Cuadrilla's drilling site in Balcombe, an English village in West Sussex county, was the target of protesters concerned its campaign was a prelude to a hydraulic fracturing operation. Hydraulic fracturing, known also as fracking, was not conducted at the site.
An online survey of more than 21,300 respondents conducted from March through September by the University of Nottingham found support for shale operations declined. The survey said "there has been a noticeable drop in approval ratings since July [when the protests began]."
Cuadrilla said it discovered oil during its Balcombe drilling. The survey found the general public linked Cuadrilla's campaign to concerns about shale natural gas extraction.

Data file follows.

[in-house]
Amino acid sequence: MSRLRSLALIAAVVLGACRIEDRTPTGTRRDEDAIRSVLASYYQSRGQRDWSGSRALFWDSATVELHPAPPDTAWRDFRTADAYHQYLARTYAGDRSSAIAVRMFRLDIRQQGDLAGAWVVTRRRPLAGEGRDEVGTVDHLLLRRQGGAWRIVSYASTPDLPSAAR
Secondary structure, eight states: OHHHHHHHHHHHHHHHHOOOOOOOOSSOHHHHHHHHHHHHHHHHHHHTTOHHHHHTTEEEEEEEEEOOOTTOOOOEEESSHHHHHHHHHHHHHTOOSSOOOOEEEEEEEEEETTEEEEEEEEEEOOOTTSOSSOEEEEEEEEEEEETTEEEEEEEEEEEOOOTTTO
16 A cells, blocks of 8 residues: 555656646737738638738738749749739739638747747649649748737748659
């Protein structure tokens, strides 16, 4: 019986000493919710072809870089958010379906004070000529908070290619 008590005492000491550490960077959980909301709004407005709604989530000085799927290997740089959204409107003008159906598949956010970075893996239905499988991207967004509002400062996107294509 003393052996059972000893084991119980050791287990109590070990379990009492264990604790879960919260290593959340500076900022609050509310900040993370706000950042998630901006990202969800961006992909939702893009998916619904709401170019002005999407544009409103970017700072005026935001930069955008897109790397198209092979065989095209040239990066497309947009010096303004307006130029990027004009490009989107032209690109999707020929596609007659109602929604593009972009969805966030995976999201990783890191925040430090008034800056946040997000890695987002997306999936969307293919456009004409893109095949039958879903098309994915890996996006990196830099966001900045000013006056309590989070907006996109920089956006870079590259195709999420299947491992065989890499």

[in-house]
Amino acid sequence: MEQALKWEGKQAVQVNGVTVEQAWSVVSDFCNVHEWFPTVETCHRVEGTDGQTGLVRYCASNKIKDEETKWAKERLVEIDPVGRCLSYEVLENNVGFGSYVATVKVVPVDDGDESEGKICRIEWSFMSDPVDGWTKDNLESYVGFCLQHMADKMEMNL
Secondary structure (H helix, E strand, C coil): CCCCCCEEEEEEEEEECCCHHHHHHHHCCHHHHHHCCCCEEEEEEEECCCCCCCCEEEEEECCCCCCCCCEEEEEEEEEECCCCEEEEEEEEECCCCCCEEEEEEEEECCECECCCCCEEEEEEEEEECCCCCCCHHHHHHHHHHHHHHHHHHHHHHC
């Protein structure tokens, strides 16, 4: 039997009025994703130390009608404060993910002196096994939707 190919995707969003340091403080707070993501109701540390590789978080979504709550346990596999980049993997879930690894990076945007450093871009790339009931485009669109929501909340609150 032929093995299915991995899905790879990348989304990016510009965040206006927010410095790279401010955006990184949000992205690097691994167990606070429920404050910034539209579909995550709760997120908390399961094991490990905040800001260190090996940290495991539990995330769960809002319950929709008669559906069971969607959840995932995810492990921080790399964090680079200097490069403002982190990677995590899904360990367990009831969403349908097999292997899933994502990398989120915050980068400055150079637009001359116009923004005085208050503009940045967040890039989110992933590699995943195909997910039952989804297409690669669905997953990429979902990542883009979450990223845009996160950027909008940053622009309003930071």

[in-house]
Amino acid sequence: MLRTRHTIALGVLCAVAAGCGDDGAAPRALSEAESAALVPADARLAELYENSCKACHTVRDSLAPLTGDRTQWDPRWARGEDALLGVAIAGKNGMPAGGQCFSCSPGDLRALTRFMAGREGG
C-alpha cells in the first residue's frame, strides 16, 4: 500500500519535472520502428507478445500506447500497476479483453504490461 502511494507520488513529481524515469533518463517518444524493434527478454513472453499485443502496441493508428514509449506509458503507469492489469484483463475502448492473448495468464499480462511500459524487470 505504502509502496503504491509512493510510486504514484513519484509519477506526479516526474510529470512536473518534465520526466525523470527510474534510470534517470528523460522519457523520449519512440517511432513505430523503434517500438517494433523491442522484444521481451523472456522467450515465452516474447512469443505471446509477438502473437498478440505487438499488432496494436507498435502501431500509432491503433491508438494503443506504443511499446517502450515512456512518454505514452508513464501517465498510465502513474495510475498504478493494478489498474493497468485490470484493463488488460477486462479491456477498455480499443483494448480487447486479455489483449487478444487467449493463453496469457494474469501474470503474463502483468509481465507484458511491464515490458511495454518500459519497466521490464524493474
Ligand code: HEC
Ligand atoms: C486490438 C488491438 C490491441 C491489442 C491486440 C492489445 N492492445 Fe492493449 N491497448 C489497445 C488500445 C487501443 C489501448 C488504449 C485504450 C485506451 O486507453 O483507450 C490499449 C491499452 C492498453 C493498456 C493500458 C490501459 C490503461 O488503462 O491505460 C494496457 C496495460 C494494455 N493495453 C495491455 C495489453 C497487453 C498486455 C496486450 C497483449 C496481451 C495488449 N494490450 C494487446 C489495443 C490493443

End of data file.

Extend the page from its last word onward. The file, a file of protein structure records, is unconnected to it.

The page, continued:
"Despite industry claims that shale gas is a clean energy resource especially compared to other fossil fuels such as oil and coal, the British public has not been so convinced," the survey, published Wednesday, found.
The company said last month it closed off the well in Balcombe while it waits for planning permission to return to test flow rates.
The University of Nottingham didn't publish a statistical margin of error in its report.